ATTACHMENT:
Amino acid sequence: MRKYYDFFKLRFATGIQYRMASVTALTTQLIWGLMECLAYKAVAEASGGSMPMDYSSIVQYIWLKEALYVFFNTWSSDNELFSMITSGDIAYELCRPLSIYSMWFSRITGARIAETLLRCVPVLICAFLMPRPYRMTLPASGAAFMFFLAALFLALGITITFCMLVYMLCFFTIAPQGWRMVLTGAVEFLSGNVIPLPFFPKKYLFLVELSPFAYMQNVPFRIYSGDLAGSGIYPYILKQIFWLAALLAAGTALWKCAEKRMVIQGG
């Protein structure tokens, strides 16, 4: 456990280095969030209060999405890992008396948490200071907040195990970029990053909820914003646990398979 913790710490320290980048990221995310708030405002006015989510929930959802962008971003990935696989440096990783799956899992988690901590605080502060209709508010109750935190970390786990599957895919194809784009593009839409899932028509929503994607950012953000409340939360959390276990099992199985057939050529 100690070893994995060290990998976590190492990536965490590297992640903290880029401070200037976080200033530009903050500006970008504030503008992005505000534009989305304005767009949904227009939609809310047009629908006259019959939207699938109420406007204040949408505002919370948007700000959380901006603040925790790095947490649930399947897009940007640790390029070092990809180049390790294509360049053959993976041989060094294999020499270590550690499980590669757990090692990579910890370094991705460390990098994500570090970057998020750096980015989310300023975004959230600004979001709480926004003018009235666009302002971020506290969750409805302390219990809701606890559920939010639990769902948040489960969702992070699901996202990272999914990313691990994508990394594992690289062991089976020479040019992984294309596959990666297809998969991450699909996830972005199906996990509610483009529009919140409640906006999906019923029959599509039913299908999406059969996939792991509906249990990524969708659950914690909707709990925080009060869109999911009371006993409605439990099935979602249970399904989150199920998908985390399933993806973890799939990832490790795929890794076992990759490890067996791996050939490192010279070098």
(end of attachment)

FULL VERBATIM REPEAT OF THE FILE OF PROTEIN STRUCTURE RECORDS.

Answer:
Amino acid sequence: MRKYYDFFKLRFATGIQYRMASVTALTTQLIWGLMECLAYKAVAEASGGSMPMDYSSIVQYIWLKEALYVFFNTWSSDNELFSMITSGDIAYELCRPLSIYSMWFSRITGARIAETLLRCVPVLICAFLMPRPYRMTLPASGAAFMFFLAALFLALGITITFCMLVYMLCFFTIAPQGWRMVLTGAVEFLSGNVIPLPFFPKKYLFLVELSPFAYMQNVPFRIYSGDLAGSGIYPYILKQIFWLAALLAAGTALWKCAEKRMVIQGG
């Protein structure tokens, strides 16, 4: 456990280095969030209060999405890992008396948490200071907040195990970029990053909820914003646990398979 913790710490320290980048990221995310708030405002006015989510929930959802962008971003990935696989440096990783799956899992988690901590605080502060209709508010109750935190970390786990599957895919194809784009593009839409899932028509929503994607950012953000409340939360959390276990099992199985057939050529 100690070893994995060290990998976590190492990536965490590297992640903290880029401070200037976080200033530009903050500006970008504030503008992005505000534009989305304005767009949904227009939609809310047009629908006259019959939207699938109420406007204040949408505002919370948007700000959380901006603040925790790095947490649930399947897009940007640790390029070092990809180049390790294509360049053959993976041989060094294999020499270590550690499980590669757990090692990579910890370094991705460390990098994500570090970057998020750096980015989310300023975004959230600004979001709480926004003018009235666009302002971020506290969750409805302390219990809701606890559920939010639990769902948040489960969702992070699901996202990272999914990313691990994508990394594992690289062991089976020479040019992984294309596959990666297809998969991450699909996830972005199906996990509610483009529009919140409640906006999906019923029959599509039913299908999406059969996939792991509906249990990524969708659950914690909707709990925080009060869109999911009371006993409605439990099935979602249970399904989150199920998908985390399933993806973890799939990832490790795929890794076992990759490890067996791996050939490192010279070098």